Here is the problem: One does NOT know if the Blueseas switch will carry as much current as does the Cole Hersey switch (or others) because Blueseas does NOT give us that information and, therefore, their competitive comparisons are apples to oranges and not valid due to the fact that the other switches are not specified for the same test conditions.

BTW, a copper jacketed cable rated at 378 A continuous can carry more than 200,000 A without necessarily destroying itself (obviously for a very short period of time) yet a switch rated at 278 A CANNOT.
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Old 15-11-2005, 04:52   #7
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Battery Switches are rated under UL standard 1107*, which defines two important switch ratings (current being common to both):

* There is an equivalent CE certification.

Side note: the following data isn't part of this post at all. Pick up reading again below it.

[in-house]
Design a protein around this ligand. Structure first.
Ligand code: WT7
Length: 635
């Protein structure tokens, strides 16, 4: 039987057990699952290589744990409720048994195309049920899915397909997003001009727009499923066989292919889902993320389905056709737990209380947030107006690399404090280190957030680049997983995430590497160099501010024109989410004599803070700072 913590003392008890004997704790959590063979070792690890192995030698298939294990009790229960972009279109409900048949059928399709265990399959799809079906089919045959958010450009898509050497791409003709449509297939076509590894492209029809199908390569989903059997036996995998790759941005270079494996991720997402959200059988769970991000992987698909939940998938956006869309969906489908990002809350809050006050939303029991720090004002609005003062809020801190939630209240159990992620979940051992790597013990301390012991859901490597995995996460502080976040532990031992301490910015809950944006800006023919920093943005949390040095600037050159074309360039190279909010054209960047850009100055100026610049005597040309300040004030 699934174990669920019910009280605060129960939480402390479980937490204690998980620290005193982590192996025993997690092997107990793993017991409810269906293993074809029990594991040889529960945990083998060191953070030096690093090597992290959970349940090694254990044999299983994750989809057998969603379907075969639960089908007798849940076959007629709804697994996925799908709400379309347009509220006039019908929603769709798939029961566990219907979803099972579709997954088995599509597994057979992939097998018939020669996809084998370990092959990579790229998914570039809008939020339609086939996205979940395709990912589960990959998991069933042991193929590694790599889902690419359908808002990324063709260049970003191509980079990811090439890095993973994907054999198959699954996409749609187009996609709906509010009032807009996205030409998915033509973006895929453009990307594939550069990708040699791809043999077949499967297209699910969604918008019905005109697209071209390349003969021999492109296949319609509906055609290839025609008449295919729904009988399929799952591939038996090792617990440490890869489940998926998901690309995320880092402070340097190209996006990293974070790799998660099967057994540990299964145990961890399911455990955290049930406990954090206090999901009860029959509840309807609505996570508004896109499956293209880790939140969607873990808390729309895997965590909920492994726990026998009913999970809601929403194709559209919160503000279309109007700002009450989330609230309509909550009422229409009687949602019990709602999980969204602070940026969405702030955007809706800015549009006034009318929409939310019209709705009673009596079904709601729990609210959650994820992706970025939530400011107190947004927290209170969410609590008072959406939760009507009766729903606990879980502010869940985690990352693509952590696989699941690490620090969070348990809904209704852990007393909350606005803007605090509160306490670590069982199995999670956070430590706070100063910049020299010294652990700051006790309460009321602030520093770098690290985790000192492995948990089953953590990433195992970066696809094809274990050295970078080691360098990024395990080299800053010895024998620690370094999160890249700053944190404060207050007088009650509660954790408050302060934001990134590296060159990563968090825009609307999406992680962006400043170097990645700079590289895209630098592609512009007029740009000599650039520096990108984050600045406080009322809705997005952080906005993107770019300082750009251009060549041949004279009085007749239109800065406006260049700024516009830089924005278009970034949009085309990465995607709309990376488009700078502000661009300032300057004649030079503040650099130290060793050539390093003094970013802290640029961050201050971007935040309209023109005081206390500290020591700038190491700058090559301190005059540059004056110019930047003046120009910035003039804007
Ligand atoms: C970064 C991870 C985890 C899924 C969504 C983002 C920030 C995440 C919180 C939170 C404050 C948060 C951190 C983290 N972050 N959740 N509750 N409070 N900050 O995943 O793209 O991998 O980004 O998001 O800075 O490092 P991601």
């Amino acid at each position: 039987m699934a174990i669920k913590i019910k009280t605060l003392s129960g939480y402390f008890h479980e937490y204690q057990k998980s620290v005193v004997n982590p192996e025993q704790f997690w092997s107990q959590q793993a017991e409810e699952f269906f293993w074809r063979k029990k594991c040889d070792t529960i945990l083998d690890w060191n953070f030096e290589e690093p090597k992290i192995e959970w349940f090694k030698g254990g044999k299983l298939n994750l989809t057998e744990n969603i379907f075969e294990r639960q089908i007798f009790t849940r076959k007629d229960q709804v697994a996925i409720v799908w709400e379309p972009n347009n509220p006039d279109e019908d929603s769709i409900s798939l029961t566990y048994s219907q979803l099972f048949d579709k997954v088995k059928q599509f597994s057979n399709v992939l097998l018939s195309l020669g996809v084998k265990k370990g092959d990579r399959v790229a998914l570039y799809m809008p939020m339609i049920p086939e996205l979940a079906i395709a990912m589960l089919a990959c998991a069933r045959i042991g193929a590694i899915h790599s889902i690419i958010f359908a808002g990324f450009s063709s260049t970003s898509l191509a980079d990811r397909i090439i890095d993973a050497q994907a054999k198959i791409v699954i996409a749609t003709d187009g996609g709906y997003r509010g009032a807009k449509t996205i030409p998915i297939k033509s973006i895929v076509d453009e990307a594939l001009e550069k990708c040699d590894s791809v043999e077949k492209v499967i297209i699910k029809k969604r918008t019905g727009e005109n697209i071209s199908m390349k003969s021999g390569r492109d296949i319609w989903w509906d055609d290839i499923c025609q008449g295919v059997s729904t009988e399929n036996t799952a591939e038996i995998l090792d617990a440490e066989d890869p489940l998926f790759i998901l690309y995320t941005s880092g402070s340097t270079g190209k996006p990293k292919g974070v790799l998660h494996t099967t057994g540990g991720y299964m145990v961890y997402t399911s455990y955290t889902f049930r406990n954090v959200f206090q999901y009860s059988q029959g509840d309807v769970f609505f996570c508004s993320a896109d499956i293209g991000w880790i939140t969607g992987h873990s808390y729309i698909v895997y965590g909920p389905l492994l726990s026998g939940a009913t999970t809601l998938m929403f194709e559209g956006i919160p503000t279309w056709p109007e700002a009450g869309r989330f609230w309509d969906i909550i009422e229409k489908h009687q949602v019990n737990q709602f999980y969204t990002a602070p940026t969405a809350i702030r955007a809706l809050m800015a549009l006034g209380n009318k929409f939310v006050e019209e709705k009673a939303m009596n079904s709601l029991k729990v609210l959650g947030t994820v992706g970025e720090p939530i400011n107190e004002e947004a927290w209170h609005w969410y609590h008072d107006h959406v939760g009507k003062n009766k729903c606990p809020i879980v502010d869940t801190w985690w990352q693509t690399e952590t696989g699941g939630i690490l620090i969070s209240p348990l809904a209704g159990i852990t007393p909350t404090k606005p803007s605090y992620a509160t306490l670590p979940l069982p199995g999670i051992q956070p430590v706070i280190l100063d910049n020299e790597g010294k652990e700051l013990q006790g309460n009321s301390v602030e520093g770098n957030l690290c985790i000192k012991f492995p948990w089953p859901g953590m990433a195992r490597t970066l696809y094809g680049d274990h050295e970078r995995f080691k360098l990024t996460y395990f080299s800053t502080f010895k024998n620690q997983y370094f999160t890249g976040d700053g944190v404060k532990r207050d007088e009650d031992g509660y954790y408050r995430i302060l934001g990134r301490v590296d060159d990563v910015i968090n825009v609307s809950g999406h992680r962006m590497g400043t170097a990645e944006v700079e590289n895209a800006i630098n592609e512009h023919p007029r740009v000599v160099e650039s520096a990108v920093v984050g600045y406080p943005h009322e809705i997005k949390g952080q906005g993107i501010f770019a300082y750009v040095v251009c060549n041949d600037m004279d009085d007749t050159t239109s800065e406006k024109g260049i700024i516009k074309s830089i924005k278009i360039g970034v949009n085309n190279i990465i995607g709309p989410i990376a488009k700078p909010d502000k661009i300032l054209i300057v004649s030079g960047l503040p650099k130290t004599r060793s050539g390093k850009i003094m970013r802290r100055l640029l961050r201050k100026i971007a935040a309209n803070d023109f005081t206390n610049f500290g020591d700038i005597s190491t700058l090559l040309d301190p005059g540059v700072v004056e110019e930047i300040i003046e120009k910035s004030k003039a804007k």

Continuous Duty Rating: Amperage that can be conducted for 1 hour without raising the terminal temperature more than 100 degrees C or the housing temperature more than 65 degrees C.

Intermittent Duty Rating: Amperage that can be conducted for 5 minutes without raising the terminal temperature more than 100 degrees C or the housing temperature more than 65 degrees C.

Current carrying capacity, measured in amps, is the maximum load that a switch will carry, with the contacts in a closed position. When you switch between positions (make or break), an electrical arc occurs, which causes contact wear. A switch with the contacts closed has no arc, and the carrying capacity is higher.

Make & Break Arcing: